Research published in the February 2005 Medical Care Research and Review illuminates a quality of care problem in colorectal cancer screening. The study found that 37 percent of primary care physicians and 24 percent of gastroenterologists and general surgeons surveyed did not recommend a complete diagnostic evaluation (CDE) for average-risk patients with a positive FOBT. Lead author Dr. Robin Yabroff of NCI's Division of Cancer Control and Population Sciences explained, "Physician recommendation for CDE is a critical component in the process of identifying and treating colorectal cancer. Lack of this recommendation may limit the effectiveness of colorectal cancer screening programs." Primary physicians play an important role in improving the quality of care and outcomes for colorectal cancer patients. This study was conducted by NCI and other federal agencies to support provider surveys related to cancer control.
Factors associated with primary care physicians' recommendations of CDE included aspects of physician background, experience, and practice patterns; practice environment; and perceptions of colorectal cancer screening test effectiveness. Patient characteristics were associated with gastroenterologists' and general surgeons' recommendations of CDE.
A team of European scientists has found that there is no link between the amount of fruits and vegetables that a woman eats and her risk for breast cancer. These results are featured in the January 12 Journal of the American Medical Association (JAMA). The 285,526 women in this prospective study, who came from Denmark, France, Germany, Italy, the Netherlands, Spain, Sweden, and the United Kingdom, were followed over a median course of 5 years, during which 3,659 of them developed invasive breast cancer. In addition to providing information about lifestyle, the women completed country-specific questionnaires on their dietary habits, detailing the types of vegetables that they ate: leafy vegetables, fruiting vegetables, root vegetables, cabbages, mushrooms, grain and pod vegetables, onions and garlic, stalk vegetables and sprouts, and mixed salads and vegetables.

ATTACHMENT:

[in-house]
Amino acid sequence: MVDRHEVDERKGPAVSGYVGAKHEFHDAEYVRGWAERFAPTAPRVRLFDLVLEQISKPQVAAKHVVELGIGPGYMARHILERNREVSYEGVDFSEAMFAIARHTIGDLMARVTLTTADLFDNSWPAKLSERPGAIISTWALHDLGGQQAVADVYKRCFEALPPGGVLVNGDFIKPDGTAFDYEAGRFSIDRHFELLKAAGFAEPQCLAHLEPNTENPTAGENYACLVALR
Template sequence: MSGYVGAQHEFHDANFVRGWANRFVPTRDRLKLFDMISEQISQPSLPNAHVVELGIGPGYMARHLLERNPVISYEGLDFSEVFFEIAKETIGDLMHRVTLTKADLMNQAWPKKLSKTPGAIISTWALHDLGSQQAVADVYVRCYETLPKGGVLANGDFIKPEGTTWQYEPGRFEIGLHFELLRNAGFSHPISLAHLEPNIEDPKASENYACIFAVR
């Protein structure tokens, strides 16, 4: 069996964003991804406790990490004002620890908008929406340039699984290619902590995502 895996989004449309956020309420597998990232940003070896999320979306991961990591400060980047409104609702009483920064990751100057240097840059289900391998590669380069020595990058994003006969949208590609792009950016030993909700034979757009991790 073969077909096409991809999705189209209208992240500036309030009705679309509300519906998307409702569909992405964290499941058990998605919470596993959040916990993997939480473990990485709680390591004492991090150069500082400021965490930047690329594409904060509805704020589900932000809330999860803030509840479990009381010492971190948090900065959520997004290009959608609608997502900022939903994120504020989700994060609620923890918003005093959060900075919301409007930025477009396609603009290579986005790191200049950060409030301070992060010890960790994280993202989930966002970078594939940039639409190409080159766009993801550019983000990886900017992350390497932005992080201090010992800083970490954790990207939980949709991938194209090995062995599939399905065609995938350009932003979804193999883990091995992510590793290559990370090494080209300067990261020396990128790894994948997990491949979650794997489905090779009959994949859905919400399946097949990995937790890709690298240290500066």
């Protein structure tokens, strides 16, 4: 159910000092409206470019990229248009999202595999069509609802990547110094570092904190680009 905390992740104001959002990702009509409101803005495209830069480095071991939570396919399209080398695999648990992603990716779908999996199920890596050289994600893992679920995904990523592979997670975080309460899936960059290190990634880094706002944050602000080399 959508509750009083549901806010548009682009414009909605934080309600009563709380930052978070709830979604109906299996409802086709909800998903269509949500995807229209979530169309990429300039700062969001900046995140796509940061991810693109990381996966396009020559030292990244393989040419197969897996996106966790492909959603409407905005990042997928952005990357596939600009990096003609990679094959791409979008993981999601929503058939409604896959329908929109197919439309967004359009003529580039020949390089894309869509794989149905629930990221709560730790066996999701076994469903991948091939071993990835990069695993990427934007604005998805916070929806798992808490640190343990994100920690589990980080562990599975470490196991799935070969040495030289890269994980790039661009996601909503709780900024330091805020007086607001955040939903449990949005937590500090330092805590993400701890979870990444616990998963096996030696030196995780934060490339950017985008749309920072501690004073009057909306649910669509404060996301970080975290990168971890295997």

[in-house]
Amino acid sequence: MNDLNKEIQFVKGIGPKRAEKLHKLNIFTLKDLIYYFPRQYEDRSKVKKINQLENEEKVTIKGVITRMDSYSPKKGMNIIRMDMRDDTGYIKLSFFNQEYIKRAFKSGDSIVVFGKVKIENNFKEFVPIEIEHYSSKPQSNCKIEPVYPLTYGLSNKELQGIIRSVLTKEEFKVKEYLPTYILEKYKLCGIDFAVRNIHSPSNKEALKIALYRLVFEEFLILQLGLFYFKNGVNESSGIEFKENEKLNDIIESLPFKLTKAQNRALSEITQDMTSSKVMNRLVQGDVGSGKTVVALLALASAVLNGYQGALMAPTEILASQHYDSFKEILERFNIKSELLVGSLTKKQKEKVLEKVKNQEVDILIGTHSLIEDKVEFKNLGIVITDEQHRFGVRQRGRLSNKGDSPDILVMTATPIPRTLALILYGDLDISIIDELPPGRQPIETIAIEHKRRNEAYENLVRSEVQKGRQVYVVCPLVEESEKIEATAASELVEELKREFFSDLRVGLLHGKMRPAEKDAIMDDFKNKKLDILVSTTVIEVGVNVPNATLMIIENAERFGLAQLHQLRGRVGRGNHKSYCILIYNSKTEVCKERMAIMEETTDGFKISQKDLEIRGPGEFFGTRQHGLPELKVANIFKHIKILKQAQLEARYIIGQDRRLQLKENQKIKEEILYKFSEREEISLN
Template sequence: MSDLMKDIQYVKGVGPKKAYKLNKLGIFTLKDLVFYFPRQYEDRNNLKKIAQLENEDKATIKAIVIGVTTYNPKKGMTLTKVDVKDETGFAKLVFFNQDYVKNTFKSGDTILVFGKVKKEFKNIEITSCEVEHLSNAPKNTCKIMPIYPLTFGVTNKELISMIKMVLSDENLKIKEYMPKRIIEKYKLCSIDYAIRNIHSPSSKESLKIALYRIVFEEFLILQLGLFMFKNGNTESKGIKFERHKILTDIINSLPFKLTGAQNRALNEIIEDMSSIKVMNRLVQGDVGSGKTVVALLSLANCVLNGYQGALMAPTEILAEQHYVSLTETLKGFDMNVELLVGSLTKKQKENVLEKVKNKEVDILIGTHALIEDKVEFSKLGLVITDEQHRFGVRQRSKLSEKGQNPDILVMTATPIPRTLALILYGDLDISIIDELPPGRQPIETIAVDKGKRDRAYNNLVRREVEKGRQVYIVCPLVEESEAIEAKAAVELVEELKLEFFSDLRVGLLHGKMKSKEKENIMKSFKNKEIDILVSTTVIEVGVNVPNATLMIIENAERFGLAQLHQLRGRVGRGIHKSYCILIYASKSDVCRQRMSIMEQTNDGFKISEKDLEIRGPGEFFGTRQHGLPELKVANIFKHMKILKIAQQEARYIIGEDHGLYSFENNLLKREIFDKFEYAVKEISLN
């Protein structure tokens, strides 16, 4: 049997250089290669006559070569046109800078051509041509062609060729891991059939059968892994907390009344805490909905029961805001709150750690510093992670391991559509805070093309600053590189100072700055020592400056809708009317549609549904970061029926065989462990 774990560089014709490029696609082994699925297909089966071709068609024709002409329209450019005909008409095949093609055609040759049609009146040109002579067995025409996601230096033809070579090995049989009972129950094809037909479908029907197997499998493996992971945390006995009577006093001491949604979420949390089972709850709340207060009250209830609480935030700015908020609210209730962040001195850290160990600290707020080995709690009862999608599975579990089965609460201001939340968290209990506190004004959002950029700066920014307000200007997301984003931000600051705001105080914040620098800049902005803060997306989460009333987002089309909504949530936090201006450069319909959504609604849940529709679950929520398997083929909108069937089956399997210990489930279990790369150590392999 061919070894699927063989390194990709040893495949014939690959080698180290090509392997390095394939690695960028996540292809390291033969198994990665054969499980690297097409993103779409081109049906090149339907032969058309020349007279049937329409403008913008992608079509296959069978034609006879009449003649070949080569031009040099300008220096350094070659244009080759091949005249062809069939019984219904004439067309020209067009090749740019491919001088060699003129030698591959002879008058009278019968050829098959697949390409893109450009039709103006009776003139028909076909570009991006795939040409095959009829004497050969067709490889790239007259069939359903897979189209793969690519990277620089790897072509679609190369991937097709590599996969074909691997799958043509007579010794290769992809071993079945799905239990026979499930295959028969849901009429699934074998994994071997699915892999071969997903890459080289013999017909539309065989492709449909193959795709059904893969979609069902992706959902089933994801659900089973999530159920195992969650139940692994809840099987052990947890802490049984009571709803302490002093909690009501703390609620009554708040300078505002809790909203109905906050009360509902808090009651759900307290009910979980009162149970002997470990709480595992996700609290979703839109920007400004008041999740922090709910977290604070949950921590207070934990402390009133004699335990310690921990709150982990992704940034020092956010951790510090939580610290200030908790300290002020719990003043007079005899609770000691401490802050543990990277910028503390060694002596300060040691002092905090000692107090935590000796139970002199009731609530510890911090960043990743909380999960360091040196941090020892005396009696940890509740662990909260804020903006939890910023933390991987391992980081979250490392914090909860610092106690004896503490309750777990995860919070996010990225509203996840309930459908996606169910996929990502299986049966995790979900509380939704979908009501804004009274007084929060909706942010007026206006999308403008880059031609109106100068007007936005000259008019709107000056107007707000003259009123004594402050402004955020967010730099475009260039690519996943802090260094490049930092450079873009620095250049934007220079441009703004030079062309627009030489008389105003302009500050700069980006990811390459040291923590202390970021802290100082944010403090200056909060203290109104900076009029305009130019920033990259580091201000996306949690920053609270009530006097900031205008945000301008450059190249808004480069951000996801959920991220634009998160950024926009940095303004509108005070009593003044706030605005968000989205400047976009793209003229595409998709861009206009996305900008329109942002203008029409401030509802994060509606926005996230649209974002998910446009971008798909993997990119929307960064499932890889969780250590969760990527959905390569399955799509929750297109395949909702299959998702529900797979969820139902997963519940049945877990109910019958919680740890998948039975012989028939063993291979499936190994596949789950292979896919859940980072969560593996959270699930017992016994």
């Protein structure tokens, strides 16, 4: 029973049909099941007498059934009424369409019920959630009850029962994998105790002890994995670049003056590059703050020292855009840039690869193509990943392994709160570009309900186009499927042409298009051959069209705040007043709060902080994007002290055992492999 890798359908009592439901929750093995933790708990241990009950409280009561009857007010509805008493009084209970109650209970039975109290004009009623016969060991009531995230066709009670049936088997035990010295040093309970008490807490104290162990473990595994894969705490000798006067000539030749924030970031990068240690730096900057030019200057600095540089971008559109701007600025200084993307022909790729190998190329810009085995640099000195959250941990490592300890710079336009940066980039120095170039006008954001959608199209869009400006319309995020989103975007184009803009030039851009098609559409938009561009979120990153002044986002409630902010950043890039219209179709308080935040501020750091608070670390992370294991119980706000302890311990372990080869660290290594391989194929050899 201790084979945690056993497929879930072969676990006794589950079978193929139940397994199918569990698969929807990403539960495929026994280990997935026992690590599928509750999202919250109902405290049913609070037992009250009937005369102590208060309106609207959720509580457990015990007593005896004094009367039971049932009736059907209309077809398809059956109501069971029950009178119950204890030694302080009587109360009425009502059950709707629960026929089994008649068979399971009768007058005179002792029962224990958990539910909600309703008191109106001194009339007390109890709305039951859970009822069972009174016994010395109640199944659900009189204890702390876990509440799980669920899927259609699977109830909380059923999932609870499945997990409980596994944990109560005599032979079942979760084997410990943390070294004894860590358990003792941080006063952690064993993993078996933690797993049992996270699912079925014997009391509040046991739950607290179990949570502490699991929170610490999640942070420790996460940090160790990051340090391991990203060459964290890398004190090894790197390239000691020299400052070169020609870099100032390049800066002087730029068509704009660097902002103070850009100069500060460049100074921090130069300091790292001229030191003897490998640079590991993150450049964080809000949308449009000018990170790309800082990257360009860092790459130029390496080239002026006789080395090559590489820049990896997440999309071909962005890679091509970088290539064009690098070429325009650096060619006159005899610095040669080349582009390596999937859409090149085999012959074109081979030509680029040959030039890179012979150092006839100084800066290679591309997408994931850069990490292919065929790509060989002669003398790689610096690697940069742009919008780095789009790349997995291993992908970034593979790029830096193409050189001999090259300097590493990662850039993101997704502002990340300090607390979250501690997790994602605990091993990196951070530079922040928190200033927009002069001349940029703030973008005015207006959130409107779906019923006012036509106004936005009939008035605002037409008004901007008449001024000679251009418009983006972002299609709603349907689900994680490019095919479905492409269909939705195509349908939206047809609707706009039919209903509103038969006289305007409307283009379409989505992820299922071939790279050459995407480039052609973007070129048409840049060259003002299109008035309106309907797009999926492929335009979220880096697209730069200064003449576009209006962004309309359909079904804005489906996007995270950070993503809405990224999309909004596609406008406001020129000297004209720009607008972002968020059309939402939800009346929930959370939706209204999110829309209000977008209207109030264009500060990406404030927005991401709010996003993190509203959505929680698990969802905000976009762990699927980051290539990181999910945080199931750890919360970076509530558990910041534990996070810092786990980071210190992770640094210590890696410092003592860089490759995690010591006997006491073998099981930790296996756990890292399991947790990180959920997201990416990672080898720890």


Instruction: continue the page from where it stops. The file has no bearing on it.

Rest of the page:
The difference in fruit and vegetable intake varied by as much as 300 percent among the women, but after controlling for many factors, the researchers found no evidence of a protective effect, even according to vegetable type. The size of the cohort and the range of fruits and vegetables the women ate bolster these results, but the authors cite a relatively short follow-up and a lack of information on the history of breast cancer in participants' families as caveats. An accompanying JAMA editorial suggests that when it comes to cancer prevention, the critical period for fruit and vegetable consumption may be in childhood, and adds that "reductions in blood pressure and epidemiological evidence for lower risks of cardiovascular disease provide sufficient reason to consume these foods in abundance."
The American Cancer Society has released Cancer Facts & Figures 2005, based on data from NCI's Surveillance, Epidemiology, and End Results (SEER) Program and the CDC's National Center for Health Statistics. In addition, an article published in the January/February issue of CA: A Cancer Journal for Clinicians provides the scientific underpinnings for the user-friendly Facts & Figures.
Both publications report that the death rate from all cancers combined has decreased annually by 1.5 percent since 1993 among men and by 0.8 percent since 1992 among women. The mortality rate from the three most common cancer sites (lung, colon, and prostate) has also continued to decline.
More than 1.3 million new cancer cases are expected in the United States in 2005, with more than 570,000 deaths expected this year. The 5-year relative survival rate for all cancers diagnosed between 1995 and 2000 is 64 percent, compared with 50 percent for cancers diagnosed between 1974 and 1976.
The report estimates that 17 percent of new cancers diagnosed worldwide can be linked to infectious diseases, such as the hepatitis B and C viruses, human papillomavirus, Helicobacter pylori, HIV, and Epstein-Barr Virus.
Also included in the report is a section on tobacco use and its relationship to cancer; the report estimates that smoking is responsible for at least 30 percent of all cancer deaths and 87 percent of all lung cancer deaths.
Cancer Facts & Figures 2005 is available from the American Cancer Society at http://www.cancer.org.